You can’t force your parent to go to rehab. But you can do your best to communicate with them. If they don’t listen or refuse help, you can’t control that. However, you can control how their behavior affects you. Parents with SUD often do things that hurt their children emotionally and physically. Do not allow yourself to be a victim of their abusive behavior. Get support for yourself, even if it means calling law enforcement. You might also want to get therapy or help from a group like Al-Anon, Alateen, or Nar-Anon.
The 7 Cs of Addiction
NCoA has also suggested that kids remember the 7Cs of Addiction when trying to cope with their parent’s SUD. You need to learn and remember these key facts:
- I didn’t cause it.
- I can’t cure it.
- I can’t control it.
- I can care for myself,
- By communicating my feelings, making healthy choices, and celebrating myself.
Find Out How Luna Recovery Can Help
Luna Recovery in Houston, TX has resources to help you help your addicted parent. We have a team of professionals experienced in all phases of addiction treatment. Our programs include a detox program to help your loved one safely get the drug out of their system. In addition, we have a residential program where the individual lives at the recovery center, and three levels of outpatient programs.
We also have professional interventionists who can help you conduct an intervention if you’re having trouble talking to your parent about getting help. A trained interventionist can help you and your family learn what to say and what not to say for the best outcome. And when your loved one has gotten sober, we have recovery coaches to help them stay motivated and focused on staying sober.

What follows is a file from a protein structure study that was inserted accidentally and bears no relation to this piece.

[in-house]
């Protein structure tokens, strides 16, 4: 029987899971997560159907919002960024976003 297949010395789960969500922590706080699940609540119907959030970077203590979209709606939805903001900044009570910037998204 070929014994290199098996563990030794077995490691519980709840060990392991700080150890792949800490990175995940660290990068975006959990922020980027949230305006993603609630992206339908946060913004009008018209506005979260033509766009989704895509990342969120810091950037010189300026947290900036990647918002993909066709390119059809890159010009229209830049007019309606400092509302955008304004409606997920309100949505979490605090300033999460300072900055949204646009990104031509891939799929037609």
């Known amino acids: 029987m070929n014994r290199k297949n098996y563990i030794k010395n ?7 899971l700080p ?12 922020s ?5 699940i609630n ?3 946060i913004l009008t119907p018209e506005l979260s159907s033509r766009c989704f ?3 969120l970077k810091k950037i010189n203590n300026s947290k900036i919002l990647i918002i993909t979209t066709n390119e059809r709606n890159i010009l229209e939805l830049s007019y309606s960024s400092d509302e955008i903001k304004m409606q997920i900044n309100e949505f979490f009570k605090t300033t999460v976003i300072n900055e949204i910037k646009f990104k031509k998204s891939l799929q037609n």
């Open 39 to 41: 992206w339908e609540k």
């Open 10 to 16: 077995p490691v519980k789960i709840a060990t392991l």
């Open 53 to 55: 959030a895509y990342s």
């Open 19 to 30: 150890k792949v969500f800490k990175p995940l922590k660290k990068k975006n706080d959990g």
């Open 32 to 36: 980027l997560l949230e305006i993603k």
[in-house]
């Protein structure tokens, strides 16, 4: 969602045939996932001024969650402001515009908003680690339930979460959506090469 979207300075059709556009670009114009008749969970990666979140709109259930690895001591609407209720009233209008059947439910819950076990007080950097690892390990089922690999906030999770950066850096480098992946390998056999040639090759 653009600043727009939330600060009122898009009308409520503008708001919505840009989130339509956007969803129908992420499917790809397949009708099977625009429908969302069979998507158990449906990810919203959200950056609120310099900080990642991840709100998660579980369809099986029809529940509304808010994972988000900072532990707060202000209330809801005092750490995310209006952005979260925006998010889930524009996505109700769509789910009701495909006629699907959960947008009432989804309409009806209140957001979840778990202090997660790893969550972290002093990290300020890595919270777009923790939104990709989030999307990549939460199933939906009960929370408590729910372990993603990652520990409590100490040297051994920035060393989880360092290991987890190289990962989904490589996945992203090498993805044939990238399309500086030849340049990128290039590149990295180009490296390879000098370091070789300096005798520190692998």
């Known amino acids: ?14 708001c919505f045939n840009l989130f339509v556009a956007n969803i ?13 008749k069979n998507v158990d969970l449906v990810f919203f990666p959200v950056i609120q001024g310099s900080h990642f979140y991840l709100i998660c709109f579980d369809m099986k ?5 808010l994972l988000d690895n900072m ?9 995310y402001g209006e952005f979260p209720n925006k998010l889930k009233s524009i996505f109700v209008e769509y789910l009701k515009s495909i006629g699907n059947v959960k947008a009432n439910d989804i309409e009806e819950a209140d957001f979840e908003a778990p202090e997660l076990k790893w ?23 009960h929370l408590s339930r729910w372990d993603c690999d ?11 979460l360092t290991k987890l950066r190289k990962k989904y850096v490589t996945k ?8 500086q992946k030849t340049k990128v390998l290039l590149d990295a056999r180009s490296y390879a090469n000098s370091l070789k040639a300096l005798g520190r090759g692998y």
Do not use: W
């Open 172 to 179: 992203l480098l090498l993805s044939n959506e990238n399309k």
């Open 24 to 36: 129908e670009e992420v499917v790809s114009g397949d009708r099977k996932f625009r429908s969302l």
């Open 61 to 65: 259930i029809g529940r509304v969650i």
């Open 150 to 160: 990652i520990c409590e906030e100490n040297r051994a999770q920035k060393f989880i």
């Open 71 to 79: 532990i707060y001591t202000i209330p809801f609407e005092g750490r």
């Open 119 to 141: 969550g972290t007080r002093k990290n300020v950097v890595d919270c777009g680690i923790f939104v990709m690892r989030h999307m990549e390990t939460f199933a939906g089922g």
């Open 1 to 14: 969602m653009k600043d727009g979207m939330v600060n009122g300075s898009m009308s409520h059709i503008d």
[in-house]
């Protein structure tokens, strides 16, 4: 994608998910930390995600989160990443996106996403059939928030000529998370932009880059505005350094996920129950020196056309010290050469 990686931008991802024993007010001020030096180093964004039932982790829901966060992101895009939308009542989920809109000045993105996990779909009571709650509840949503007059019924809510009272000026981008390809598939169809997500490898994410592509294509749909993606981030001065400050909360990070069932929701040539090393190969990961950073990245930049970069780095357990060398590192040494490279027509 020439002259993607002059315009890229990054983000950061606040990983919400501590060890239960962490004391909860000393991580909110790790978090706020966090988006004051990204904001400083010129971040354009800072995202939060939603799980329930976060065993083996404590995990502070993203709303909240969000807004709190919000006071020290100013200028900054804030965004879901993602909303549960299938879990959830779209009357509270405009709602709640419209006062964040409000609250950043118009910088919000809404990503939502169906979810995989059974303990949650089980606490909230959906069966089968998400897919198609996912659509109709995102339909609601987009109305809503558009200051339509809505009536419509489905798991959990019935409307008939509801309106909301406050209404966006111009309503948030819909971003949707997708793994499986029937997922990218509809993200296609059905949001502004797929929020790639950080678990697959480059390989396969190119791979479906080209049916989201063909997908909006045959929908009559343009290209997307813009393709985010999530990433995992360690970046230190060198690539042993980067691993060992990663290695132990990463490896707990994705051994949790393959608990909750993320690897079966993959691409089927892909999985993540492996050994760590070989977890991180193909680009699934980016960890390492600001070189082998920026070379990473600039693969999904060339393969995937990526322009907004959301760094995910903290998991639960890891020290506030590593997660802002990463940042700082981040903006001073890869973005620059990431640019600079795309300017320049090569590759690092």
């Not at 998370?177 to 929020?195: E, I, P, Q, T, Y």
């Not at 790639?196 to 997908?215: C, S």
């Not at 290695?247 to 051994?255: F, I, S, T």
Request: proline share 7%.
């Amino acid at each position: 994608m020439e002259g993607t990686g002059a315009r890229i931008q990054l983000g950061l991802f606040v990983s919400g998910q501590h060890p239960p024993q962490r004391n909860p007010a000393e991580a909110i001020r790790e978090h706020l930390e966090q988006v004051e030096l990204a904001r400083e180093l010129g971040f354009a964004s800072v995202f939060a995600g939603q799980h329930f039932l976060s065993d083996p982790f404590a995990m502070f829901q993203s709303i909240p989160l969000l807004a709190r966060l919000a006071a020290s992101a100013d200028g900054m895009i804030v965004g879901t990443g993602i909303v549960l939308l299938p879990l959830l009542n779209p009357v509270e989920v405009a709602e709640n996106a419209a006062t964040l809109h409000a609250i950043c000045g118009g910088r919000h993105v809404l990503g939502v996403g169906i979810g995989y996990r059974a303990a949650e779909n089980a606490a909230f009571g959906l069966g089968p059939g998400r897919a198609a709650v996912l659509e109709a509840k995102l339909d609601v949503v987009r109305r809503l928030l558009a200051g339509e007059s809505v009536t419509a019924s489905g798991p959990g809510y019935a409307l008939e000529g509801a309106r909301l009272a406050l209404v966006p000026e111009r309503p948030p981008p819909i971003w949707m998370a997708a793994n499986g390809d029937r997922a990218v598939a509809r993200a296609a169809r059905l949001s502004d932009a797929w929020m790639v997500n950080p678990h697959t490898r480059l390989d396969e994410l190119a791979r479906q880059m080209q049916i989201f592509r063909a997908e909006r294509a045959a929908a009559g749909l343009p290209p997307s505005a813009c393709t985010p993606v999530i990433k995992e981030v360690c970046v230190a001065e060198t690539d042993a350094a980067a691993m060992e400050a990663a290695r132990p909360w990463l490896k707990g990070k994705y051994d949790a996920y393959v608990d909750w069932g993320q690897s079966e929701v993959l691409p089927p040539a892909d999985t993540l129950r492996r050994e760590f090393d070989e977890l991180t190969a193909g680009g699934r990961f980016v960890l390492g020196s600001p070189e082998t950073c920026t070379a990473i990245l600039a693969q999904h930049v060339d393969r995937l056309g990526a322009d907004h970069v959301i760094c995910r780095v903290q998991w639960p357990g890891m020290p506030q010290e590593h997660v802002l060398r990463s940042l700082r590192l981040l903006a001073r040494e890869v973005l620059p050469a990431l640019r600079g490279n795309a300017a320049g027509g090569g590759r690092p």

Unfortunately, it’s not magic, and it won’t happen overnight. But a lifelong recovery is possible for anyone. Contact us today and we can discuss your options, from appropriate programs to financial issues. Every recovery journey starts with one step.
Dr. Allaire received his Bachelors of Science in Biology from the University of Houston, as Valedictorian of the College of Natural Sciences and Mathematics, and his Medical Doctorate from Baylor College of Medicine, where he served as Chief Resident. He is the medical monitor for the Physician Counseling Committee of the Harris County Medical Society and the Medical Director of Serenity House Detox. Dr. Allaire specializes in medically assisted detox cases, treating patients in recovery from addiction or other mental health disorders, the medical assessment and monitoring of patients with addictive disorders, medical care related to eating disorders and the medical treatment of patients with mental health conditions.